Civilian control of the Territory was re-established in July 1945. Not until April 1946 did the first of the half-caste evacuees return north. It was a small but intricate logistical exercise. That month, the Catholics from Carrieton went by train to Alice Springs, by road convoy to Larrimah, by train to Darwin and then by ship to Garden Point on Melville Island. The Methodists left Sydney on the SS Reynella and transferred at Darwin to a naval vessel bound for Croker Island. All the evacuees held at Balaklava went by train to Alice Springs and then by motor convoy to Darwin where they lodged temporarily at the Bagot reserve before going off with their families or next of kin to housing in the town. Only unattached children remained at Bagot under the care of the Aborigines Inland Mission. The Bungalow never reopened as a half-caste home but in 1946 the Church of England established a new hostel called St Mary’s for half-castes in Alice Springs. Several of the new missions took advantage of buildings constructed by the Army during the war and moved into much larger premises. However, the half-caste colony on Groote Eylandt was not re-established. When the missionaries returned to the island they directed their efforts towards the local full-blood population. The children who went from the Northern Territory and Groote Eylandt to Mulgoa remained there until the Church of England provided alternative accommodation in Alice Springs. Some remained until 1949 when Mulgoa closed, by which time they were either transferred to St Mary’s Hostel in Alice Springs, St Francis House in Adelaide or else had become too old to be maintained in a children’s home.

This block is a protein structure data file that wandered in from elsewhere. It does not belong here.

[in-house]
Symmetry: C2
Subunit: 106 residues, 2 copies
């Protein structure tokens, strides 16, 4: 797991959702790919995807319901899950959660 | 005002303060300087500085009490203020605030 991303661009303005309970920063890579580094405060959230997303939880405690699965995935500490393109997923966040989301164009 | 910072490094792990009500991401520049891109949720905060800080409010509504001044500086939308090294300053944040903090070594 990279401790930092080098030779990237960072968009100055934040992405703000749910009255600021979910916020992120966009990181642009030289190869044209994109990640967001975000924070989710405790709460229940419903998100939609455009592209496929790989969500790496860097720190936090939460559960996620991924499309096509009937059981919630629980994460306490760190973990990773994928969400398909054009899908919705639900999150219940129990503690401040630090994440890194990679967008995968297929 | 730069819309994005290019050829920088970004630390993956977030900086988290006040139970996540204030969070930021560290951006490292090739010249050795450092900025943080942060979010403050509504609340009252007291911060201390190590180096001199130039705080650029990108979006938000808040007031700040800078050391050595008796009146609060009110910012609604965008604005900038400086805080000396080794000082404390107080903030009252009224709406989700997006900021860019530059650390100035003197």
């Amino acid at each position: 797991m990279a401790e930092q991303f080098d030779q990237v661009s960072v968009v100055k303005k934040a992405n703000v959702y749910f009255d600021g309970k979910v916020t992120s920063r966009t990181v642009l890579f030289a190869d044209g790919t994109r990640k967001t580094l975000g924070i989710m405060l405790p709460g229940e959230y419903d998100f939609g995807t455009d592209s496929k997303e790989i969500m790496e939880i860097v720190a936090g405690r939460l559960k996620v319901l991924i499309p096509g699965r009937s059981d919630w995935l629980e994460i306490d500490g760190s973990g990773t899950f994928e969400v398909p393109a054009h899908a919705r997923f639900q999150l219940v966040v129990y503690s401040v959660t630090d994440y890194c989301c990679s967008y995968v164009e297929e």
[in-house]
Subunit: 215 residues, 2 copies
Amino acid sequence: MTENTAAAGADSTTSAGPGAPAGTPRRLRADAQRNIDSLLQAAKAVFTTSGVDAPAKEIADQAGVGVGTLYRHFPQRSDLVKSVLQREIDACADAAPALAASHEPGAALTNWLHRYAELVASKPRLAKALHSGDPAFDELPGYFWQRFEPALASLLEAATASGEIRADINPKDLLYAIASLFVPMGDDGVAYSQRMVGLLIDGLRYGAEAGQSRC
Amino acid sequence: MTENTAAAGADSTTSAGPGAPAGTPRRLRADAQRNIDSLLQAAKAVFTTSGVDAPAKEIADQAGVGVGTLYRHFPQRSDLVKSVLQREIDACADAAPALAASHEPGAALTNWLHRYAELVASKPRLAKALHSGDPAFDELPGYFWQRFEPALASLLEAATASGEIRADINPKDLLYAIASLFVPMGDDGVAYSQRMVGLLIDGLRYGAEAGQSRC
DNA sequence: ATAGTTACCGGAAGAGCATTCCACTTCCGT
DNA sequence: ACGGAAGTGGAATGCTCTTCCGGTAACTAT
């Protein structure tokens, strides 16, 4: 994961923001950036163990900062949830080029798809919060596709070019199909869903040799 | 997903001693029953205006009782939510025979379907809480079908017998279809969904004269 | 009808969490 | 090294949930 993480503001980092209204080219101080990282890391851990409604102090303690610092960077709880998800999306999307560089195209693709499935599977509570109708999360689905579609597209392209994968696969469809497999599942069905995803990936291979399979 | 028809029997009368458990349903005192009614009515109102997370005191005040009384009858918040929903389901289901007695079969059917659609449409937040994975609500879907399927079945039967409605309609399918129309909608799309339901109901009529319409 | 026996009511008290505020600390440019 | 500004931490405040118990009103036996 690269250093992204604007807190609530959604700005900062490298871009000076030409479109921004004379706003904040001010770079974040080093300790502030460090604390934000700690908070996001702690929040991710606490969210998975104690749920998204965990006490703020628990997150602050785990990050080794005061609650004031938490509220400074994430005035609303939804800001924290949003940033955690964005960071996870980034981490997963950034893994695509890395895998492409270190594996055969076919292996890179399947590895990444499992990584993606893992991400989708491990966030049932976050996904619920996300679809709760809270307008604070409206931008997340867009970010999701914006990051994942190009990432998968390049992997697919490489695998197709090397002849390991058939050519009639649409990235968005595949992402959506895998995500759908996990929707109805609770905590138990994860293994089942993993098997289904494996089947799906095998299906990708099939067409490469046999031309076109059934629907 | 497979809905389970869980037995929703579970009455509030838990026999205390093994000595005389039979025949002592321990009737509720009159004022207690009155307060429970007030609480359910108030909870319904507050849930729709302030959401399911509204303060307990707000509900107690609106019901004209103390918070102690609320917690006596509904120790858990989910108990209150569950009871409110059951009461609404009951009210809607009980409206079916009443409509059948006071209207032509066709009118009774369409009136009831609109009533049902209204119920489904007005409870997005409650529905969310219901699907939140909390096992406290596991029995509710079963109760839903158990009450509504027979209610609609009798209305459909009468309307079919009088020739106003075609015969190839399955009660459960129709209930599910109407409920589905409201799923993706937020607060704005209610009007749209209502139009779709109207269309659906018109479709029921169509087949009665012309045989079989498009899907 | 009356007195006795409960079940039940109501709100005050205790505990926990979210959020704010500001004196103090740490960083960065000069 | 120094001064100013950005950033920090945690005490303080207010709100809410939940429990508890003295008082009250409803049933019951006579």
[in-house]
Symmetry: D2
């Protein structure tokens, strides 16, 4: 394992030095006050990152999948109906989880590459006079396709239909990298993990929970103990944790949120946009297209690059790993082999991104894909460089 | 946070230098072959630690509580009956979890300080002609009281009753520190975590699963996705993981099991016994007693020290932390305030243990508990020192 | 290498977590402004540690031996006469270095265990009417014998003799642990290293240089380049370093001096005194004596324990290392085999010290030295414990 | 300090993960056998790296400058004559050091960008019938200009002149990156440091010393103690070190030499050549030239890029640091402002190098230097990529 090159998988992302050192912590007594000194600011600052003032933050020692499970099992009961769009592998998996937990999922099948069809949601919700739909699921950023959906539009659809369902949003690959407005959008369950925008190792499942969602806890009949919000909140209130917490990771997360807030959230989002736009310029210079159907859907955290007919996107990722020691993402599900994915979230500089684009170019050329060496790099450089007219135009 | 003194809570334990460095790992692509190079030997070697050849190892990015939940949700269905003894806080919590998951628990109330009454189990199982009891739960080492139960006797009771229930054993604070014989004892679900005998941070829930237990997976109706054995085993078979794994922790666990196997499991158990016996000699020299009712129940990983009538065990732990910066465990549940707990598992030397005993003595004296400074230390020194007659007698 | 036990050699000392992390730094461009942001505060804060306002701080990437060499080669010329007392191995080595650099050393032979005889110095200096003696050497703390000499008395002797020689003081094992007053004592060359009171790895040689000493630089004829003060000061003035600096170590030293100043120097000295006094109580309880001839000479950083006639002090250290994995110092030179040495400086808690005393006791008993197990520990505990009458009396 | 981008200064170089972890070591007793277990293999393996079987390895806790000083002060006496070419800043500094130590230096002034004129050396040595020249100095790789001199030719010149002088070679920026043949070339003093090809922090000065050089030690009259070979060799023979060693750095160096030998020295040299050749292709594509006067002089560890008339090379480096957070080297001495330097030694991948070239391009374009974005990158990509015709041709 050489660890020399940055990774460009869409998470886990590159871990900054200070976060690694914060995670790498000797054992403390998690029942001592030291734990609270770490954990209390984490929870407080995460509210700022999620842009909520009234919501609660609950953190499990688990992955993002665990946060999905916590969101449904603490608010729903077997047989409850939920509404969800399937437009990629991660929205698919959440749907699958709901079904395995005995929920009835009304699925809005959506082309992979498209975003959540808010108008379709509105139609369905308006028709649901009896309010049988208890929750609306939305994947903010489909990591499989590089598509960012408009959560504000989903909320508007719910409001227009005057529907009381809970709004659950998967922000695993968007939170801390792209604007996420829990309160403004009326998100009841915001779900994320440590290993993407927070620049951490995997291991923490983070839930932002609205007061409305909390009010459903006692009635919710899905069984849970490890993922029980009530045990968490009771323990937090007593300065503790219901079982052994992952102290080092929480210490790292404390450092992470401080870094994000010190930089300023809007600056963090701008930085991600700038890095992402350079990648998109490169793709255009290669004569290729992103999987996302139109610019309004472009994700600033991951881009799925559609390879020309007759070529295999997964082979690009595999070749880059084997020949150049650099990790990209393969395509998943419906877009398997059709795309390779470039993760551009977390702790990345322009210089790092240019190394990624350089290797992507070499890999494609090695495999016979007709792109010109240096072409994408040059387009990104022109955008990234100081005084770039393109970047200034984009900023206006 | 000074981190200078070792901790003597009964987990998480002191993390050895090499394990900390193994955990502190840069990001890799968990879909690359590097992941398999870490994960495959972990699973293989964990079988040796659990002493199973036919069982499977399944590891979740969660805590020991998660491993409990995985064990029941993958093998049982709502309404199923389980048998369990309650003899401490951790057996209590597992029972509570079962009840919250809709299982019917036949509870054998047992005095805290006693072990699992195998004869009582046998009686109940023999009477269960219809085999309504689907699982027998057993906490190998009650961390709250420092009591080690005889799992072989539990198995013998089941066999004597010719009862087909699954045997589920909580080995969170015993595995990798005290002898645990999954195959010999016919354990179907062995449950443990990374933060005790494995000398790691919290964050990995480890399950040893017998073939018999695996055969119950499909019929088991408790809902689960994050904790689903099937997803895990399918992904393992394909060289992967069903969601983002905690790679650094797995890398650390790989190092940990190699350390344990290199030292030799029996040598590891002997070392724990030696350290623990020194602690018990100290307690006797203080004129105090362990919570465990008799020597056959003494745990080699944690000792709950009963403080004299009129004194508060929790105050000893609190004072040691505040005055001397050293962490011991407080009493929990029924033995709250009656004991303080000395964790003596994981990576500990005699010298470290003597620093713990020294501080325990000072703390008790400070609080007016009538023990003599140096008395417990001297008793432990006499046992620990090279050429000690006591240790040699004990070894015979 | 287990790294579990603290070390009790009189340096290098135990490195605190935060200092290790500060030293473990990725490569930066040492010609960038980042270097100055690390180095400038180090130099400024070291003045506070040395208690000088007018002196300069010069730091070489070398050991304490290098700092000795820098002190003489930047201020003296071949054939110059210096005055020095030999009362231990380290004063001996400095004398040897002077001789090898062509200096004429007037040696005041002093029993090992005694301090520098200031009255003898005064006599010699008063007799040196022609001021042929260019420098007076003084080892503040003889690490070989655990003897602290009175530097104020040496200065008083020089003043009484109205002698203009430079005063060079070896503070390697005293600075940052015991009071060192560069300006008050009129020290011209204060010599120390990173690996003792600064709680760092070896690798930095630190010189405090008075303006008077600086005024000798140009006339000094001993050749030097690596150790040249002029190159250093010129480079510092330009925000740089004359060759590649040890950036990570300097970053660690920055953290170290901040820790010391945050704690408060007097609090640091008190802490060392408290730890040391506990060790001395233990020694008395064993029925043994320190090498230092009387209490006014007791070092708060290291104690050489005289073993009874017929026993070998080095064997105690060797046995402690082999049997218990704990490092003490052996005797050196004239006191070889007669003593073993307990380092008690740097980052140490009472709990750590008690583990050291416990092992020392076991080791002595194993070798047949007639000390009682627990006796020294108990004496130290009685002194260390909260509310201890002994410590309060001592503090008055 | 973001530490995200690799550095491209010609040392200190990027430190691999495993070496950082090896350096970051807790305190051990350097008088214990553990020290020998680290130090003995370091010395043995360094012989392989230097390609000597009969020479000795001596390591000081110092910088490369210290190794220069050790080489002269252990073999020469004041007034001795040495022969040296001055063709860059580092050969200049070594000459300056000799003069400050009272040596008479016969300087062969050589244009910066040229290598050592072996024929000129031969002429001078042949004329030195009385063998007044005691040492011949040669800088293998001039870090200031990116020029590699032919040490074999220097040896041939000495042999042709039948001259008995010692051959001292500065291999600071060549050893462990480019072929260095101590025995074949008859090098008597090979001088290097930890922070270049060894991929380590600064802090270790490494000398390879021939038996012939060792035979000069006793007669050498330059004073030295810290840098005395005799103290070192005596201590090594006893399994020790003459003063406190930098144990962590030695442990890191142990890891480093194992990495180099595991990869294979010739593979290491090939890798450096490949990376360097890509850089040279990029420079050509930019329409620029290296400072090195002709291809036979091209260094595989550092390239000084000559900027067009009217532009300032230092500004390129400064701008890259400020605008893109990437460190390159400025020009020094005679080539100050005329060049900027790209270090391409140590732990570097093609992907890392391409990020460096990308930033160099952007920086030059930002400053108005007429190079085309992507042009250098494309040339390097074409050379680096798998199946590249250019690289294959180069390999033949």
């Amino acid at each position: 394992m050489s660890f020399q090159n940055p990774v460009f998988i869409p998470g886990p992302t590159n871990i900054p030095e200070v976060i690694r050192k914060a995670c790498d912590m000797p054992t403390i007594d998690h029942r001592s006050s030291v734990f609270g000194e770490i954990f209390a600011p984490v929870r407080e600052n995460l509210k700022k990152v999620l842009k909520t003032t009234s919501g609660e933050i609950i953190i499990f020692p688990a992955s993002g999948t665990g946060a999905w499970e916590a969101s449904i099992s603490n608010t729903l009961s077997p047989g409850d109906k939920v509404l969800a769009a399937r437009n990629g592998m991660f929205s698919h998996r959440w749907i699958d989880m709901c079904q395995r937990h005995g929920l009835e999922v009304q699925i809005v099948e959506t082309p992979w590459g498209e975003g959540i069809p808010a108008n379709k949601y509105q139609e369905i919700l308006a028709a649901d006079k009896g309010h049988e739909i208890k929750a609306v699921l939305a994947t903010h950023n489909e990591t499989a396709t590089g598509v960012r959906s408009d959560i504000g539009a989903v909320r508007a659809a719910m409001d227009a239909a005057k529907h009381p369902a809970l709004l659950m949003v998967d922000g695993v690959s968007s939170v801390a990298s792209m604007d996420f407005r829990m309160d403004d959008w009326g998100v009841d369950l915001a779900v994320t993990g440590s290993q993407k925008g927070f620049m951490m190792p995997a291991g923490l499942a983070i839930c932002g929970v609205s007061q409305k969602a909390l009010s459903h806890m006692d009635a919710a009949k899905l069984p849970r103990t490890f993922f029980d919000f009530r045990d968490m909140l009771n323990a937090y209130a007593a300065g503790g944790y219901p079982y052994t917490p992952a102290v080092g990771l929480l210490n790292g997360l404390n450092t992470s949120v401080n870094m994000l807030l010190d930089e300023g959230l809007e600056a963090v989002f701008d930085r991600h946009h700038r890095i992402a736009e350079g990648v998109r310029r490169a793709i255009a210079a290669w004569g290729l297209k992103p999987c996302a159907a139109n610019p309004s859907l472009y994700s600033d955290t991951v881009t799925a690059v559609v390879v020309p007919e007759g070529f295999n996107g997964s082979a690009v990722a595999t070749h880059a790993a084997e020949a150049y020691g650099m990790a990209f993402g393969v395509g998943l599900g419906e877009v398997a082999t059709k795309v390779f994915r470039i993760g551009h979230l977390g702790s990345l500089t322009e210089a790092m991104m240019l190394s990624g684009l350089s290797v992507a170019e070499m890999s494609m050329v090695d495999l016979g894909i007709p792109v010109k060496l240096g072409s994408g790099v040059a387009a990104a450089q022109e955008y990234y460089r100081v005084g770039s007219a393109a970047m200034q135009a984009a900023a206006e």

One of the evacuated children was Gordon Briscoe, who as an adult became a radical Aboriginal political activist and eventually a research fellow at the Australian National University’s Australian Centre for Indigenous History. In 1942, the Northern Territory’s Native Affairs Branch despatched him and his mother from the Bungalow in Alice Springs to Mulgoa where the Church Missionary Society housed them for the duration of the war. In 1996, Briscoe recorded a series of interviews for the National Library of Australia’s oral history project. In them, he claimed he and his mother were not evacuated to keep them out of harm’s way. The real reason, Briscoe claimed, was because ‘during World War II Aborigines were seen as possible collaborators with the enemy’.